Popular (mis)conception has it that Cell C, whose resurgence began under Alan Knott-Craig in 2012 and continues under Jose Dos Santos, has been rapidly stealing market share from larger rivals Vodacom and MTN (particularly the latter).
But an analysis of subscriber data published by mobile operators over the past five years shows that the country’s third largest network did make inroads in 2013 and 2014, but as at June 2016 it is barely one percentage point better off than it was in mid-2011.
There exists, of course, the curious situation where Cell C’s disclosed subscriber data differs by nearly 100% from those detailed in a transaction circular published by soon-to-be major shareholder Blue Label Telecoms.
In the announcement of the final terms of Cell C’s recapitalisation published on 5 October, Blue Label stated that the operator’s subscriber base had increased “from approximately 9m subscribers in 2012 to in excess of 25m subscribers to date”. Indeed, a year ago Cell C reported that it had a base of 22m (this was echoed in the cautionary announcement published by Blue Label in December 2015).
However, in the detailed circular to Blue Label shareholders published on 18 October, it cites a “total active mobile subscriber base of 12,6m” as at 30 June. This is comprised of 10,6m prepaid, half a million post-paid, a million hybrid and 700 000 broadband customers. (There’s an additional million wholesale customers — primarily mobile virtual network operators such as FNB Connect and Virgin Mobile — but these aren’t Cell C’s customers.)
Now, 12,6m is substantially different from 25m!
Cell C “explained” to TechCentral on Tuesday that the 12,6m number refers to subscribers who have been active within the last 90 days. This is the standard industry metric. The “total subscriber” number, it argues, is any subscriber who has been active in the last 120 days and it has used this “to report customer numbers both locally and as a management metric”.
Stunningly, this means that there is a base of over 12m Cell C Sim cards churning away on a rolling basis every 30 days. This in itself is no surprise as there are millions of customers in South Africa who churn through multiple Sim cards and who use these interchangeably, depending on which promotions are running when and for what service (free on-network voice calls on weekends, or 10 free SMSes per day, for example).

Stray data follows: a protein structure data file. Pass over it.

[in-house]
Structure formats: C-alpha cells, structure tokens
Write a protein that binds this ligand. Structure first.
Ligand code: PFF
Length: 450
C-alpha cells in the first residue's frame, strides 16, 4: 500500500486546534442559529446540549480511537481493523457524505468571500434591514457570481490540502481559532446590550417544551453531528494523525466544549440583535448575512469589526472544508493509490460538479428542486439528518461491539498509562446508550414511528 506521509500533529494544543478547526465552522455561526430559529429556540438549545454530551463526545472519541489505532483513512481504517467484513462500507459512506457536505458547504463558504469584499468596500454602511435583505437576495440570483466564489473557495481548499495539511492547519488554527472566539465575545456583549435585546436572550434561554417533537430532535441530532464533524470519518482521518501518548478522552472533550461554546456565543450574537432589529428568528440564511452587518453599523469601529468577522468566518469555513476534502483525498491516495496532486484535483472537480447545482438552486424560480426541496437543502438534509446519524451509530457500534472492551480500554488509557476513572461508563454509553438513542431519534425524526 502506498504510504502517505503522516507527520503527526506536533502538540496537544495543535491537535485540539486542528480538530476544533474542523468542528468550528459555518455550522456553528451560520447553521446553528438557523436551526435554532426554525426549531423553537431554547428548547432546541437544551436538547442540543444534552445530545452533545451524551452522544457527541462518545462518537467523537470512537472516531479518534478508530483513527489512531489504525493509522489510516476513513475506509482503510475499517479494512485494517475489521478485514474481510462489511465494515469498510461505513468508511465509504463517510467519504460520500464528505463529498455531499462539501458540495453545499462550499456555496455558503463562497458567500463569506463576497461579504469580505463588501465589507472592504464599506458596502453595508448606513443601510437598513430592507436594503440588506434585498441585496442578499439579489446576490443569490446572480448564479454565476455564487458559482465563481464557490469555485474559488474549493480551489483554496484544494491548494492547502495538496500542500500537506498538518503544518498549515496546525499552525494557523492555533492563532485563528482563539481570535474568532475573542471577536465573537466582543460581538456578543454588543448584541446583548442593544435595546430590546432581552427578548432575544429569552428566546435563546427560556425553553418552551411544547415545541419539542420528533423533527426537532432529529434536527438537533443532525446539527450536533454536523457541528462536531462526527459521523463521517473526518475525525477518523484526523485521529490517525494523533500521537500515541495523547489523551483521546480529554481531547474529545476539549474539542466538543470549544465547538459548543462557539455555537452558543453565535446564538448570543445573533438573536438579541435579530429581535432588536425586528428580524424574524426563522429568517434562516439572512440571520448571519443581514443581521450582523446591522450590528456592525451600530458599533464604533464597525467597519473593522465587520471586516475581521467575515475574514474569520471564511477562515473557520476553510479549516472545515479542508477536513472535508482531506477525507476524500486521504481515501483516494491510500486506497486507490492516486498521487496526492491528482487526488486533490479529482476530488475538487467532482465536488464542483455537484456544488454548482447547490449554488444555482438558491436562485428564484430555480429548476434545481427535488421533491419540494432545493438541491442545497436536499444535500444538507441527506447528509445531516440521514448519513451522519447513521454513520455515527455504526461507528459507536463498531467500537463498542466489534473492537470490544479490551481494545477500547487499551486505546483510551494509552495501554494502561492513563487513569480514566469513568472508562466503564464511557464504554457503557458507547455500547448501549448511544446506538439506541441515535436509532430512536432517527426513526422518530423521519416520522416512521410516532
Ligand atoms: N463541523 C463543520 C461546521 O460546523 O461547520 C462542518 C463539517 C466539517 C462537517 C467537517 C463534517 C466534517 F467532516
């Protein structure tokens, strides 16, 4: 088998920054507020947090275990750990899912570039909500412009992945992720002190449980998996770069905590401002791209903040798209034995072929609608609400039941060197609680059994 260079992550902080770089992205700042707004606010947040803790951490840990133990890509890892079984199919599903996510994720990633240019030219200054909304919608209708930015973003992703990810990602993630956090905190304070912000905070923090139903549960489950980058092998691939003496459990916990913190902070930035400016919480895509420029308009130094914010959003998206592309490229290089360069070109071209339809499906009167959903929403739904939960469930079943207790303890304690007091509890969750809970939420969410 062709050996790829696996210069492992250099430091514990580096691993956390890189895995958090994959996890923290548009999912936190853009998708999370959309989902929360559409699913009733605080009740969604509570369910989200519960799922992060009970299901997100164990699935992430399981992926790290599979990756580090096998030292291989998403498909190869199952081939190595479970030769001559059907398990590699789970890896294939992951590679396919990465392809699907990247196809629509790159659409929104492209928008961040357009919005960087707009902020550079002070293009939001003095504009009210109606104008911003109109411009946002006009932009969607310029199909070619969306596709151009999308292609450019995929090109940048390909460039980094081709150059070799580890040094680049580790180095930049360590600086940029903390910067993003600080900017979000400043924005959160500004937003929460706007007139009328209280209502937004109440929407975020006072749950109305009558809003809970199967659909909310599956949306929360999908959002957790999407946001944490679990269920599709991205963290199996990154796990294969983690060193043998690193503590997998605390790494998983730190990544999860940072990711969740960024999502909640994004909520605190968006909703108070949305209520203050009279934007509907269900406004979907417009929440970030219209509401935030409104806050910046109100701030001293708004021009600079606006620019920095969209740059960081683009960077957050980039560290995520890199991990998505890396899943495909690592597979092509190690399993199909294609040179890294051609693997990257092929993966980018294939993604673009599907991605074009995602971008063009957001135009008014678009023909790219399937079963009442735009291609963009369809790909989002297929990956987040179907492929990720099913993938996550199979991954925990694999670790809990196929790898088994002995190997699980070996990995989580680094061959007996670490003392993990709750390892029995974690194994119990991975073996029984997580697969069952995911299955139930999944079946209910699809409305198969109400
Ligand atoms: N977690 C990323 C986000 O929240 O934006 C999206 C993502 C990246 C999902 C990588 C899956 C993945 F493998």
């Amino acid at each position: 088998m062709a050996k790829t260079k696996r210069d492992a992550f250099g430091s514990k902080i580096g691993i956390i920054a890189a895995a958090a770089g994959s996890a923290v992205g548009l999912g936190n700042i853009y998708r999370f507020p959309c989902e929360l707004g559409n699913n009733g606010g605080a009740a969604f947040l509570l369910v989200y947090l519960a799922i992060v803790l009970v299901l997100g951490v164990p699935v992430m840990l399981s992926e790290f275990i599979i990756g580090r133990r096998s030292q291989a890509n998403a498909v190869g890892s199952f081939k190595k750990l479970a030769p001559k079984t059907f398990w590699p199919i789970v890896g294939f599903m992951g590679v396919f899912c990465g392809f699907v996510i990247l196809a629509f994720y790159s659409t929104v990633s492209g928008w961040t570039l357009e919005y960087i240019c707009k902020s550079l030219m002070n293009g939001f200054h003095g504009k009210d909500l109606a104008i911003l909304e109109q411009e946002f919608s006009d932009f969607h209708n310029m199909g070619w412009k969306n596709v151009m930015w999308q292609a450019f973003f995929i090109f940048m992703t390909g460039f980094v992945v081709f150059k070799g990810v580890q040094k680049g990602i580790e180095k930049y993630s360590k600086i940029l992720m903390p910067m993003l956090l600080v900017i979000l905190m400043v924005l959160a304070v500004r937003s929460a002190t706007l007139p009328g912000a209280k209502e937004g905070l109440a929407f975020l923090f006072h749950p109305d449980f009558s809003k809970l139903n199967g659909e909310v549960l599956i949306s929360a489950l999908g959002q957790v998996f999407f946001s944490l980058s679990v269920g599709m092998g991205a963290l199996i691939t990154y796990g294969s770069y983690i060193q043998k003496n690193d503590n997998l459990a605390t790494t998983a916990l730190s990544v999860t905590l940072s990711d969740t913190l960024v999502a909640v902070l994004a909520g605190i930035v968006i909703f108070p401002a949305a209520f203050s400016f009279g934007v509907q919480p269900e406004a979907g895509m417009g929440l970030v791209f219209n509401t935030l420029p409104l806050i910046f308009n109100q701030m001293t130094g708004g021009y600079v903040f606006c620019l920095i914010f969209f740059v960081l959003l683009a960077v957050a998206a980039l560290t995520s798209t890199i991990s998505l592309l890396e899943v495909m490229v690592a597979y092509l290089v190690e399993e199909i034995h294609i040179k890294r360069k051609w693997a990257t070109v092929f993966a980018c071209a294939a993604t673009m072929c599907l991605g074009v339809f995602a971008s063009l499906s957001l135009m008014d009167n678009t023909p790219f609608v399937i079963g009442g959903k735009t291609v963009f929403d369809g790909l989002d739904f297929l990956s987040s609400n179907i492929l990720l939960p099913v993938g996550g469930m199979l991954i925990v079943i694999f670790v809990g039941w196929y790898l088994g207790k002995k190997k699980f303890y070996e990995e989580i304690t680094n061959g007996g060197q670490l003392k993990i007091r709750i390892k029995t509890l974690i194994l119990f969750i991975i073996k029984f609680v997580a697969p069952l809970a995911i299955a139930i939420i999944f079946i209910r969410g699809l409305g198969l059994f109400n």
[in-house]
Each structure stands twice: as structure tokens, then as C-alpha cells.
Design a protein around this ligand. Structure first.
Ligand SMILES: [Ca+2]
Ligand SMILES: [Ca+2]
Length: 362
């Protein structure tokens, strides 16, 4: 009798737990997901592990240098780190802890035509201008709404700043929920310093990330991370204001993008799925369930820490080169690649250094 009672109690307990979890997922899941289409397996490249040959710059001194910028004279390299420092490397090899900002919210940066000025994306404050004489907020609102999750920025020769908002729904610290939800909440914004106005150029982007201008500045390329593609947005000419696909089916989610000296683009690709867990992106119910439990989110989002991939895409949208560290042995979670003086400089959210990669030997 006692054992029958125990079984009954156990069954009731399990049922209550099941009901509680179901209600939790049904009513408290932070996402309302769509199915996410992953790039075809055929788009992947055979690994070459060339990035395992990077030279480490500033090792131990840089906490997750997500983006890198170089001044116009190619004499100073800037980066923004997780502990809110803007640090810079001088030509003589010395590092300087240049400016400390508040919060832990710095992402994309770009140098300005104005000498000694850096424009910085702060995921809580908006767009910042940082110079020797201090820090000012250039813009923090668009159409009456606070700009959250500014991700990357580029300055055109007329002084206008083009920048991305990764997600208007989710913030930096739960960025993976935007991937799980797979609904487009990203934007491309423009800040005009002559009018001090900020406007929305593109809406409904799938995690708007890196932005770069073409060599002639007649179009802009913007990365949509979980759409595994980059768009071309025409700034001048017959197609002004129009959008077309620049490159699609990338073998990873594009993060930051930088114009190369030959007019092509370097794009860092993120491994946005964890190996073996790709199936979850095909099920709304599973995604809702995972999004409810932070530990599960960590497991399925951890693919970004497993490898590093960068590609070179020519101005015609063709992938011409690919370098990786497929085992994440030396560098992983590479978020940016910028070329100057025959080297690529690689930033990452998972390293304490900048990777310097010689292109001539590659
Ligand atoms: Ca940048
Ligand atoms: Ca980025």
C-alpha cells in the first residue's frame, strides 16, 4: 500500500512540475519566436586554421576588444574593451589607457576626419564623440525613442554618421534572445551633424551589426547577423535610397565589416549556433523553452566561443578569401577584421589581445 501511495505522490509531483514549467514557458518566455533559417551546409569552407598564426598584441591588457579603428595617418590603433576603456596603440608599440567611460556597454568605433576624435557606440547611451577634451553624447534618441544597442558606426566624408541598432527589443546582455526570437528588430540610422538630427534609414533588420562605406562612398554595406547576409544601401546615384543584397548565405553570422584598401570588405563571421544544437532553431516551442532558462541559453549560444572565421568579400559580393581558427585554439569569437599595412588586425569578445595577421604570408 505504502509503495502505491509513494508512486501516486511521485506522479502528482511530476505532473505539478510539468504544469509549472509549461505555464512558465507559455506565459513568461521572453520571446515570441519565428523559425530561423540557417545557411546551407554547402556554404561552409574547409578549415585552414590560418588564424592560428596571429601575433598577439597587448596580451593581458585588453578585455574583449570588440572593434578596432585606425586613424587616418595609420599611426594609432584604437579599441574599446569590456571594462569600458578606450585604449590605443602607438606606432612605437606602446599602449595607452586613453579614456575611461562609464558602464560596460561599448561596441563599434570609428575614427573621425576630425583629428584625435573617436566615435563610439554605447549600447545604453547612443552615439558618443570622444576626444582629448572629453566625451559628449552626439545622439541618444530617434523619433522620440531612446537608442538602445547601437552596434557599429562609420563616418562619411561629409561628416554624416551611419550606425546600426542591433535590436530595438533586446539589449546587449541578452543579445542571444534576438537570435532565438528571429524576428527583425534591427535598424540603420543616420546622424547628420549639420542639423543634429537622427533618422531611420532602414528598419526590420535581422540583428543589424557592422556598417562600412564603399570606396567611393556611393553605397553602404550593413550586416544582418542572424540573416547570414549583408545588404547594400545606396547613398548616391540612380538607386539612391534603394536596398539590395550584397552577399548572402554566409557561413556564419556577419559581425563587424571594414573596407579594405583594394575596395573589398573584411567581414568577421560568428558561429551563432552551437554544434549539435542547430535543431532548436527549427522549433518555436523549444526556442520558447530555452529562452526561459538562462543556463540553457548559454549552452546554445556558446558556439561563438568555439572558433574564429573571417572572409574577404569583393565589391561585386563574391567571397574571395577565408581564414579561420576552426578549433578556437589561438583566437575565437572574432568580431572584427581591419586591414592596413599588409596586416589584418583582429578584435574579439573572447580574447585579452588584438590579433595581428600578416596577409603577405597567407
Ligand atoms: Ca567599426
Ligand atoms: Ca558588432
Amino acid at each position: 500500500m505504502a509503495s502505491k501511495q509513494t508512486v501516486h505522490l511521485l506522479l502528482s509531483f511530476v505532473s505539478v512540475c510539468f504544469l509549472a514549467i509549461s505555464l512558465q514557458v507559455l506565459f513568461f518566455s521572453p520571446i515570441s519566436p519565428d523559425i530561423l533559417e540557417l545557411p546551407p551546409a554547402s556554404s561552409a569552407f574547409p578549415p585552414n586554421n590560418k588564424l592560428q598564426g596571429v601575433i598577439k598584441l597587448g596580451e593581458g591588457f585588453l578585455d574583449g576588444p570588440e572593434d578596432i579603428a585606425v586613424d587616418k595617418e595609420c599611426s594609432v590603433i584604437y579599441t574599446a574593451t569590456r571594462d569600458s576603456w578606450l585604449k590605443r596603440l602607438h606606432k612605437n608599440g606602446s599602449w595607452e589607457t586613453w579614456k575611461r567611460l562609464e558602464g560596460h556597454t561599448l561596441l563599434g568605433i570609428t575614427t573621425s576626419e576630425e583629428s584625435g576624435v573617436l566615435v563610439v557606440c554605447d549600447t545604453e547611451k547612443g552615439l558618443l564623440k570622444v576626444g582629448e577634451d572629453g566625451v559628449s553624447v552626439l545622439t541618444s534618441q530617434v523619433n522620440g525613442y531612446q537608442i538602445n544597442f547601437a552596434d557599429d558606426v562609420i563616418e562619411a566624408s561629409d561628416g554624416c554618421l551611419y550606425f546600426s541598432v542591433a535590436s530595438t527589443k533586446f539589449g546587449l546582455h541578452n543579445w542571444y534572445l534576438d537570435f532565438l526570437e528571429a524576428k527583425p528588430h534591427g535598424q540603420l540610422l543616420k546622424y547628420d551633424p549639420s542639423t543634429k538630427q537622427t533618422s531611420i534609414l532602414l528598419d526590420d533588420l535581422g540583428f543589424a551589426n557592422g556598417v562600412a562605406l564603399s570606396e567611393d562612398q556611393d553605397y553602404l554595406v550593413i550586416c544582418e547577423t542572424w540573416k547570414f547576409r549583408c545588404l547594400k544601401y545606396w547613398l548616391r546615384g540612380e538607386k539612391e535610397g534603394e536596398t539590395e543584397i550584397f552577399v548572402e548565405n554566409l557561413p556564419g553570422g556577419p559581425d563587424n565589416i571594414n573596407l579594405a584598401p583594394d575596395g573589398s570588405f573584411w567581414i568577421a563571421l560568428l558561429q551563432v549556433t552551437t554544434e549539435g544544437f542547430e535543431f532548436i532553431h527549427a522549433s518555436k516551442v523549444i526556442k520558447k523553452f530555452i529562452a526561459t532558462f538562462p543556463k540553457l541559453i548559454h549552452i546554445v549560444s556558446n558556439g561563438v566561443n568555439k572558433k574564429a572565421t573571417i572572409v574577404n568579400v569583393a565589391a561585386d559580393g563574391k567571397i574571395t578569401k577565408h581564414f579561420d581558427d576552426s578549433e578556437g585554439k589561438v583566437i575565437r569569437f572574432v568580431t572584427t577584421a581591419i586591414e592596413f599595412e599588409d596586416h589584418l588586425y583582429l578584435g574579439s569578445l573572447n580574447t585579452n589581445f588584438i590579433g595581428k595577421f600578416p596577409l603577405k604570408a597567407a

Importantly, this detailed subscriber data shows that Cell C has hardly chipped away at the market share of its larger rivals over the past five years. All data below is for active subscribers only, based on the industry standard of being active at any point during the past 90 days.
The popular myth is that MTN has lost a boatload of subscribers to Cell C in recent years. Cell C didn’t disclose any active subscriber data during last year (presumably because of the recapitalisation exercise), and for this analysis a midpoint between the figures for 2014 and 2016 has been used. Where Cell C did make inroads — and where MTN did lose ground — was in 2013, peaking in mid-2014. MTN South Africa endured two torrid years, with as many chief executives (Zunaid Bulbulia and Ahmad Farouk) between May 2013 and July 2015.
MTN was distracted for multiple reasons in those years, and the results have been plain to see. But, it’s regained much of that lost ground. Vodacom’s fall between 2012 and 2013 was due to the deliberate disconnection of dormant/lower-end subscribers. Its subscriber market share has adjusted downwards to the mid-40s, but it has done very well to keep its (very lucrative) contract and the most-profitable (upper) segment of its prepaid customers.
The market share disclosed by Blue Label in its circular (16%) squares perfectly with the calculations based on the 12,6m figure and active subscriber numbers from the three other networks.
If Cell C’s “total subscriber” metric was used, those 25m Sims would give it 27% market share (and it would be nipping at MTN’s heels). But this is an apples-to-oranges comparison! That “27%” means that Cell C will have achieved its previously stated goal to become sustainable — that is, reach market share of 25%. It patently hasn’t and while there has been some improvement in the business, it’s only just managed to grow market share over the past five years (from 15% to 16%).
Investors would do well to be cautious of the divergence between that 12,6m core number (which is the correct one to be focusing on) and the more hyped 25m cited more broadly in the market. It’s not the discrepancy per se that’s worrying, rather that there’s this seemingly enormous base of Sim cards constantly churning away every month, particularly at the lower end of the subscriber base.
Maybe this is what spooked Telkom, causing it to call off its due diligence in November (aside from the mountain of debt). Quite why management is happy to use this stretched “total subscriber” number as a metric is another question altogether…
- Hilton Tarrant works at immedia
- This column was first published on Moneyweb and is used here with permission